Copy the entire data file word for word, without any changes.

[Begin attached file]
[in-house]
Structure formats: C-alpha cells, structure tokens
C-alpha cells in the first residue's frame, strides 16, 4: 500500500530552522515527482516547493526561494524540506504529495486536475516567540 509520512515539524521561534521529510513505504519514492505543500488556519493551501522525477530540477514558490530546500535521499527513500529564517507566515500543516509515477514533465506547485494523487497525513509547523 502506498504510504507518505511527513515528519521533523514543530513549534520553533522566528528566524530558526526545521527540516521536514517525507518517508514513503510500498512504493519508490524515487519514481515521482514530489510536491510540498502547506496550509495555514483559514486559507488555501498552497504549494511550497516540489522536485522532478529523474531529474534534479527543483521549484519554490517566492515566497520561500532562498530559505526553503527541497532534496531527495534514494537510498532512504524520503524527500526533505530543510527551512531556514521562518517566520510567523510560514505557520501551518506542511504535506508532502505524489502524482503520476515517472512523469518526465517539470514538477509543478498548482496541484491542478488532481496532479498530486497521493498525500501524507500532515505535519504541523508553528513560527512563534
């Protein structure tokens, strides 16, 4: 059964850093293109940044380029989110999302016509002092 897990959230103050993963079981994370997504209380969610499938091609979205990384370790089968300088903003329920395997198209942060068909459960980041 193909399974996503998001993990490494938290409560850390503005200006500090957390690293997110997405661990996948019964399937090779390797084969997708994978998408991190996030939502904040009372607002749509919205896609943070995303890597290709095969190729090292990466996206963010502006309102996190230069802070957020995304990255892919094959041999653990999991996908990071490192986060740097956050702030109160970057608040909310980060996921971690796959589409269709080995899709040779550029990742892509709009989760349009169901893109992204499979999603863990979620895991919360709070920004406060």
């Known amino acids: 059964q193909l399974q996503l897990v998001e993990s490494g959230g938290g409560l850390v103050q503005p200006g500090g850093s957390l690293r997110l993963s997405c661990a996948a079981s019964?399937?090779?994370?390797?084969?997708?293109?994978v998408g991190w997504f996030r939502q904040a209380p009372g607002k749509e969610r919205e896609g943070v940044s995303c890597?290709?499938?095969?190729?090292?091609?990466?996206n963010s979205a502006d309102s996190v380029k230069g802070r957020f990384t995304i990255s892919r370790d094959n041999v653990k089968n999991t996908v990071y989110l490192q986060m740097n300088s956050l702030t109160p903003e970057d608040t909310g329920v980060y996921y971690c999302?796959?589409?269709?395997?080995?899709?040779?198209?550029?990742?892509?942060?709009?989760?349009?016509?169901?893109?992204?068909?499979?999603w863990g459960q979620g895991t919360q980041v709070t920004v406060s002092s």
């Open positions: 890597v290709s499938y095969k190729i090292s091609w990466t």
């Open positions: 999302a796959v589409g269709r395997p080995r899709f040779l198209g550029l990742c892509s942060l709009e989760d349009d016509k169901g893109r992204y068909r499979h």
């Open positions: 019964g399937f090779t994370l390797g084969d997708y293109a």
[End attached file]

[in-house]
Structure formats: C-alpha cells, structure tokens
C-alpha cells in the first residue's frame, strides 16, 4: 500500500530552522515527482516547493526561494524540506504529495486536475516567540 509520512515539524521561534521529510513505504519514492505543500488556519493551501522525477530540477514558490530546500535521499527513500529564517507566515500543516509515477514533465506547485494523487497525513509547523 502506498504510504507518505511527513515528519521533523514543530513549534520553533522566528528566524530558526526545521527540516521536514517525507518517508514513503510500498512504493519508490524515487519514481515521482514530489510536491510540498502547506496550509495555514483559514486559507488555501498552497504549494511550497516540489522536485522532478529523474531529474534534479527543483521549484519554490517566492515566497520561500532562498530559505526553503527541497532534496531527495534514494537510498532512504524520503524527500526533505530543510527551512531556514521562518517566520510567523510560514505557520501551518506542511504535506508532502505524489502524482503520476515517472512523469518526465517539470514538477509543478498548482496541484491542478488532481496532479498530486497521493498525500501524507500532515505535519504541523508553528513560527512563534
């Protein structure tokens, strides 16, 4: 059964850093293109940044380029989110999302016509002092 897990959230103050993963079981994370997504209380969610499938091609979205990384370790089968300088903003329920395997198209942060068909459960980041 193909399974996503998001993990490494938290409560850390503005200006500090957390690293997110997405661990996948019964399937090779390797084969997708994978998408991190996030939502904040009372607002749509919205896609943070995303890597290709095969190729090292990466996206963010502006309102996190230069802070957020995304990255892919094959041999653990999991996908990071490192986060740097956050702030109160970057608040909310980060996921971690796959589409269709080995899709040779550029990742892509709009989760349009169901893109992204499979999603863990979620895991919360709070920004406060």
């Known amino acids: 059964q193909l399974q996503l897990v998001e993990s490494g959230g938290g409560l850390v103050q503005p200006g500090g850093s957390l690293r997110l993963s997405c661990a996948a079981s019964?399937?090779?994370?390797?084969?997708?293109?994978v998408g991190w997504f996030r939502q904040a209380p009372g607002k749509e969610r919205e896609g943070v940044s995303c890597?290709?499938?095969?190729?090292?091609?990466?996206n963010s979205a502006d309102s996190v380029k230069g802070r957020f990384t995304i990255s892919r370790d094959n041999v653990k089968n999991t996908v990071y989110l490192q986060m740097n300088s956050l702030t109160p903003e970057d608040t909310g329920v980060y996921y971690c999302?796959?589409?269709?395997?080995?899709?040779?198209?550029?990742?892509?942060?709009?989760?349009?016509?169901?893109?992204?068909?499979?999603w863990g459960q979620g895991t919360q980041v709070t920004v406060s002092s």
């Open positions: 890597v290709s499938y095969k190729i090292s091609w990466t």
């Open positions: 999302a796959v589409g269709r395997p080995r899709f040779l198209g550029l990742c892509s942060l709009e989760d349009d016509k169901g893109r992204y068909r499979h």
């Open positions: 019964g399937f090779t994370l390797g084969d997708y293109a």